China jails former security chief Zhou for life

The highest profile political trial in China is now over. China's former security tsar, Zhou Yongkang, has been sentenced to life imprisonment by Tianjin No.1 Intermediate People's Court, Chinese state news agency Xinhua reported.

He was also stripped of all political rights for life and all his personal assets were confiscated, Xinhua reported on Thursday.

Zhou, the most senior Chinese official to stand trial on graft charges in decades, was formally charged in April with taking bribes, abuse of power and intentionally leaking state secrets.

He is the highest ranking politician to be taken down in Chinese President Xi Jinping's nationwide anti-corruption campaign, which also included the downfall of Zhou's political ally Bo Xilai. Zhou was a member of China's Politburo, the country's most powerful decision making body. In Chinese history, no Politburo member has ever stood trial on any charge.

According to the prosecution Zhou took more than 129 million yuan ($21 million) as well as using his power to help others to illegally gain 2.1 billion yuan. He also has leaked five top-secret documents.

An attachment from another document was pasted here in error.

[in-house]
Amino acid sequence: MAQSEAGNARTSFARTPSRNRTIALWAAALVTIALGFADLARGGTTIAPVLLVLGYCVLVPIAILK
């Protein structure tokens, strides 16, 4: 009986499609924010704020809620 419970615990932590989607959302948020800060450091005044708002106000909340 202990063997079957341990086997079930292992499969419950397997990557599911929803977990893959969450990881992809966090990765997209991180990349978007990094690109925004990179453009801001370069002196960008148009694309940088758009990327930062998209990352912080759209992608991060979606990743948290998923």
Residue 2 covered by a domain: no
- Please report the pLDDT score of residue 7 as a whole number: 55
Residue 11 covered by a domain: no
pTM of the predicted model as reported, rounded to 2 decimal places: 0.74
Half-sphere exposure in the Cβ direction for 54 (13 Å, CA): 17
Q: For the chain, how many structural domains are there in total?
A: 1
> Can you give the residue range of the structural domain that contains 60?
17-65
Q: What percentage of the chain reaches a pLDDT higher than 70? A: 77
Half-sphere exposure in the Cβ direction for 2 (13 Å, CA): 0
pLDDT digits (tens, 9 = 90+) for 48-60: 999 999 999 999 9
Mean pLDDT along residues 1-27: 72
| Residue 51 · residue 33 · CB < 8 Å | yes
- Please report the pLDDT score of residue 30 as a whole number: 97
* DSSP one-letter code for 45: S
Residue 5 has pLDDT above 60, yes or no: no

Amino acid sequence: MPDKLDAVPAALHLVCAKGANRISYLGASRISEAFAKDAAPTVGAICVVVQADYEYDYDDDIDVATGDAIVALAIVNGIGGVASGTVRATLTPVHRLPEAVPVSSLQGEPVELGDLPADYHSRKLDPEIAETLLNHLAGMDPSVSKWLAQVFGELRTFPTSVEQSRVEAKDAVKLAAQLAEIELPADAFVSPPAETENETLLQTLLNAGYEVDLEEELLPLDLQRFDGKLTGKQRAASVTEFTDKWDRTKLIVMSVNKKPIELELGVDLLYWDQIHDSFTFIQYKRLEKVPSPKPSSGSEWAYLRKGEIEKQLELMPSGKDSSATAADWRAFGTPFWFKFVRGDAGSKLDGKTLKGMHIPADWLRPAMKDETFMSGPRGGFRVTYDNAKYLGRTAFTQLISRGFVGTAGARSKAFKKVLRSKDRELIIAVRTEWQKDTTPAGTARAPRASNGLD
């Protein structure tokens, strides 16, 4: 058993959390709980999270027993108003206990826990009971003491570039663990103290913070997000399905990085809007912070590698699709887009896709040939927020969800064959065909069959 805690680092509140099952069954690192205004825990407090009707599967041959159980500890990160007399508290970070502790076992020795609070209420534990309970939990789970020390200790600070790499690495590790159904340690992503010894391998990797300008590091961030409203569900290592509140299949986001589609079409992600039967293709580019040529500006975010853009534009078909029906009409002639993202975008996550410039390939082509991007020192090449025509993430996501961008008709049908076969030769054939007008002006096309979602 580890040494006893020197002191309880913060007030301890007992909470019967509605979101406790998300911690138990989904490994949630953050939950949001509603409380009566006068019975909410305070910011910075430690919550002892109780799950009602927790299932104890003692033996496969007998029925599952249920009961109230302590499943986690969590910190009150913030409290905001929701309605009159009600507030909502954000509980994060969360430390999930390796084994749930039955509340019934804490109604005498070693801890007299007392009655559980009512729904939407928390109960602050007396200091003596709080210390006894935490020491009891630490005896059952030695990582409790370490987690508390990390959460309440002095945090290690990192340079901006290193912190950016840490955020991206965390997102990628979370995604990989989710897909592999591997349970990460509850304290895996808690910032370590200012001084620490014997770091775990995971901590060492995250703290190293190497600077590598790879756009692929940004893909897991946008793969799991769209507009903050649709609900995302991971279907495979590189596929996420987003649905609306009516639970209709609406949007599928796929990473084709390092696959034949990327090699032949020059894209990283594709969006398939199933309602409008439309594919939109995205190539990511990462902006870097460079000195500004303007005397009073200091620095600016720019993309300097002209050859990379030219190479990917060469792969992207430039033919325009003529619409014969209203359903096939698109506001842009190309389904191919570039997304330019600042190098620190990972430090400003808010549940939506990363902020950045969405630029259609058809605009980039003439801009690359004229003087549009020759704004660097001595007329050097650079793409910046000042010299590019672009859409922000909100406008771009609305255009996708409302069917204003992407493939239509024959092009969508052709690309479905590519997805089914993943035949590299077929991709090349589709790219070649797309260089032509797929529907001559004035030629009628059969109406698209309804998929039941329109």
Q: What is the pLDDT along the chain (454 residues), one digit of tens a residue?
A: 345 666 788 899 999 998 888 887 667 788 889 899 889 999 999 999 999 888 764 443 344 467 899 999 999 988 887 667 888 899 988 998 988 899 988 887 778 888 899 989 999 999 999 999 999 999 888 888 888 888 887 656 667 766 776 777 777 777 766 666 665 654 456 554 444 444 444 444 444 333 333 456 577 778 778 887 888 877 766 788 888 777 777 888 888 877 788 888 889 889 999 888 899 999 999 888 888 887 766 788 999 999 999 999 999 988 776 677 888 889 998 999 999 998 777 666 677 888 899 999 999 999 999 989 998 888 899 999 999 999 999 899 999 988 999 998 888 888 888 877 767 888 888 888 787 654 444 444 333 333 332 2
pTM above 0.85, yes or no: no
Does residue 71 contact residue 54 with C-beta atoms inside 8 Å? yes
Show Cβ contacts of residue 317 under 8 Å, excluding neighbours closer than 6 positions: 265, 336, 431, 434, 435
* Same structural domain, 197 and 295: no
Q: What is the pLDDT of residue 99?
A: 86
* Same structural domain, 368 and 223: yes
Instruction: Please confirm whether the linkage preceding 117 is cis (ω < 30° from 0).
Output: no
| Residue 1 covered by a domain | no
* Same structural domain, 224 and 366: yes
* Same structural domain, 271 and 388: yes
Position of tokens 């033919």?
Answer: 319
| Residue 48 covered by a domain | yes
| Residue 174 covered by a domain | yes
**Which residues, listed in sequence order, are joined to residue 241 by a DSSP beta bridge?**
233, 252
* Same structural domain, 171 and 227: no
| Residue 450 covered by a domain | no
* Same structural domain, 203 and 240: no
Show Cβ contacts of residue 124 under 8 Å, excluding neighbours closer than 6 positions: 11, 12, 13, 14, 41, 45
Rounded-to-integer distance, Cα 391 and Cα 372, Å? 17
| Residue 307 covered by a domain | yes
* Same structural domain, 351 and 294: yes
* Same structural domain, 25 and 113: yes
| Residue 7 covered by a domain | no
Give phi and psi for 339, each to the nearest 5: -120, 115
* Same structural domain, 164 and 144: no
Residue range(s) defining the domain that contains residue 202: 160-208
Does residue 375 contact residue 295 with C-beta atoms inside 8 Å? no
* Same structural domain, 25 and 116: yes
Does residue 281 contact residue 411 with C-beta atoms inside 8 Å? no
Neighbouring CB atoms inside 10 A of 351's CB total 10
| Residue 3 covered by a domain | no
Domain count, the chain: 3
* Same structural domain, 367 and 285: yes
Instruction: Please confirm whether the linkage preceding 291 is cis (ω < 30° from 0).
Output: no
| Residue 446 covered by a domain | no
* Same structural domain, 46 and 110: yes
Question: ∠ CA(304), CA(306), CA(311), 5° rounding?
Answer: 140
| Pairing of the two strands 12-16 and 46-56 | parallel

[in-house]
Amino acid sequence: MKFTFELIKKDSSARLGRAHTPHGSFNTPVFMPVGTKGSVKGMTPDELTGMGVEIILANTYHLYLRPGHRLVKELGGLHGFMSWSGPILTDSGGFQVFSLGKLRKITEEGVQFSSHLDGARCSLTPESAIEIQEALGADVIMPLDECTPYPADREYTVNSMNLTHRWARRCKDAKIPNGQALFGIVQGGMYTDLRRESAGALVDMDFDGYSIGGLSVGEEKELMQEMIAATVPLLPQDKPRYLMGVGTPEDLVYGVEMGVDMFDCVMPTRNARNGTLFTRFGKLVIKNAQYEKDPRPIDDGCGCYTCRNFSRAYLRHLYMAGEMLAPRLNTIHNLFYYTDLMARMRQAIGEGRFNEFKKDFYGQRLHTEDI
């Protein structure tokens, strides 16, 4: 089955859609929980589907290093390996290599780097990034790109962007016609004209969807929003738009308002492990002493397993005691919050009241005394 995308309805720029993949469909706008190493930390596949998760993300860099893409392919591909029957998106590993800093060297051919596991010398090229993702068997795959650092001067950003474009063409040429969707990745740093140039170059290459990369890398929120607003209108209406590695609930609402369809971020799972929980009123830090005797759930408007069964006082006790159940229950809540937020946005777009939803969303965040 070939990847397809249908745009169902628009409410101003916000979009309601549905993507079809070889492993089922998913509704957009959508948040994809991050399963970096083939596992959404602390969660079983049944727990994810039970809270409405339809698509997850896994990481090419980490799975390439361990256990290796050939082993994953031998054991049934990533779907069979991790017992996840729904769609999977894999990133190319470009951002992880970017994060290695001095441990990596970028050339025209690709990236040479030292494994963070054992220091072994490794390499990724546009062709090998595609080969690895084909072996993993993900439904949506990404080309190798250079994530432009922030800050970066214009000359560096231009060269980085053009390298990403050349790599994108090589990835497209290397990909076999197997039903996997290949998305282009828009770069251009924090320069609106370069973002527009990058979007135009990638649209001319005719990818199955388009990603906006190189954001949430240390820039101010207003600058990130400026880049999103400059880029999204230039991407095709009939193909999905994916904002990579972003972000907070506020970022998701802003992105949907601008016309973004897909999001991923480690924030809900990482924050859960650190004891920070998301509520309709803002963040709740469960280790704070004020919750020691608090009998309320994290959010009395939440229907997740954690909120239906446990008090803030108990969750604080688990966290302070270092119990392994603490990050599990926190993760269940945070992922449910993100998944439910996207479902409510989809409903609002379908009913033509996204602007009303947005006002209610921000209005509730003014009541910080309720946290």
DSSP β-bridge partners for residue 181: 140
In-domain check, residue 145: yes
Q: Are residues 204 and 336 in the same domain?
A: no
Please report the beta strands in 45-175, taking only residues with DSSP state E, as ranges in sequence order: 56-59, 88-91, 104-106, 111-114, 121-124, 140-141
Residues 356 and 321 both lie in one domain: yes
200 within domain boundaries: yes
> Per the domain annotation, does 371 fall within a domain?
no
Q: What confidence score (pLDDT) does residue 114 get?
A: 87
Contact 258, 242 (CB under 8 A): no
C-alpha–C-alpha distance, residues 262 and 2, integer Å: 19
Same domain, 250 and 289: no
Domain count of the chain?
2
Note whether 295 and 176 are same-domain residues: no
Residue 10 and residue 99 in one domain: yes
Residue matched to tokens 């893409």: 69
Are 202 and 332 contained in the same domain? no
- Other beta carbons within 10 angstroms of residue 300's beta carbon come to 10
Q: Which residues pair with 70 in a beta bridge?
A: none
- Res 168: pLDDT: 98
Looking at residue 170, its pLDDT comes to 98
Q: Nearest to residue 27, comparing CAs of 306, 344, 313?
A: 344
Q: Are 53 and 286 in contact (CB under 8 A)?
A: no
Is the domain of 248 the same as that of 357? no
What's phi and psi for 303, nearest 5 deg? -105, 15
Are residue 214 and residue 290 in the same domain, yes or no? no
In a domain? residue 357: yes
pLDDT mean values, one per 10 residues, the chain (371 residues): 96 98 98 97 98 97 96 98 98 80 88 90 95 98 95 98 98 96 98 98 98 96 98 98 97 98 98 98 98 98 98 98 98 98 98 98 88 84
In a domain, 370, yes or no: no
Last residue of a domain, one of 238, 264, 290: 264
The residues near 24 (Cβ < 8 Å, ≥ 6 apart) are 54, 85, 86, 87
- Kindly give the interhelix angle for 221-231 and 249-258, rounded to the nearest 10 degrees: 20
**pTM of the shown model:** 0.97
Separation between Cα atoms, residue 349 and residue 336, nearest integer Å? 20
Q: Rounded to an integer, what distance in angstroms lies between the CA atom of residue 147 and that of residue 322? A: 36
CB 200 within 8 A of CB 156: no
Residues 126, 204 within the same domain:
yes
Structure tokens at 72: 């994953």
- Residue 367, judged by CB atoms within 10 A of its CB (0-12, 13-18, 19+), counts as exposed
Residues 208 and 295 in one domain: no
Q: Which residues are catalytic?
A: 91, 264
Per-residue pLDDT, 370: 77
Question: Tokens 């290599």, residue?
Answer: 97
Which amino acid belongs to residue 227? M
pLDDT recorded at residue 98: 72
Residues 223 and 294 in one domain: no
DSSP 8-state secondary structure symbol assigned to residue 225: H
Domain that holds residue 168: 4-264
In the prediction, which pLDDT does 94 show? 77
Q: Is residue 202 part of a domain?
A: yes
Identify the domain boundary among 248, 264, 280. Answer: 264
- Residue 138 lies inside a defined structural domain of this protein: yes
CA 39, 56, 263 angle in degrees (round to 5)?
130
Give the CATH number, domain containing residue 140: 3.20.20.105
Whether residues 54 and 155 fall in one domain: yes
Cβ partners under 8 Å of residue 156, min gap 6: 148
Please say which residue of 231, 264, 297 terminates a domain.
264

In this May 18, 2012 photo, security chief Zhou Yongkang delivers a speech at a meeting in Beijing.
STR | AFP | Getty Images
In this May 18, 2012 photo, security chief Zhou Yongkang delivers a speech at a meeting in Beijing.

The maximum punishment for bribery is the death penalty; the state-secret and abuse of power charges each carry up to seven years in jail.

The Xinhua news agency said that the trial, which started on May 22, was not held publicly as it involved the discussion of state secrets.

The authorities announced in July last year that Zhou was being investigated on suspicion of abuse of power and corruption.

Dozens of officials with connections to Zhou have been detained on suspicion of graft in the past two years. Many are linked to Zhou's former power bases in the oil industry, domestic security and in Sichuan province. Both of Zhou's sons have been detained by investigators.

The government announced in April this year that Zhou would stand trial over the charges and since then the legal process has been closely monitored by the Chinese public.

Online reaction to the sentencing came down broadly in favor of the prosecutors, with commenters applauding the central government's determination to root out corruption.

However, a number did question why the trial was held in secret and why Zhou was not sentenced to death. Many analysts have also questioned whether Zhou's trial is part of an honest clean-up of the Chinese Communist Party or a political purge.

According to Xinhua, the Tianjin court handed down a lenient sentence since Zhou admitted his crimes and he and his family have returned the money in question after the investigation.

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